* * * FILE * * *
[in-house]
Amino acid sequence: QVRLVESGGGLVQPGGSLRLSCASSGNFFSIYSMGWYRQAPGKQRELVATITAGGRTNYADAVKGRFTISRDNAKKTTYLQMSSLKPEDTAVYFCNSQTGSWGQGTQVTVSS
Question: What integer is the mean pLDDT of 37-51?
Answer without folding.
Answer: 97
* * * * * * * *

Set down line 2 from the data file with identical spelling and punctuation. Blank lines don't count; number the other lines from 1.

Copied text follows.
Amino acid sequence: QVRLVESGGGLVQPGGSLRLSCASSGNFFSIYSMGWYRQAPGKQRELVATITAGGRTNYADAVKGRFTISRDNAKKTTYLQMSSLKPEDTAVYFCNSQTGSWGQGTQVTVSS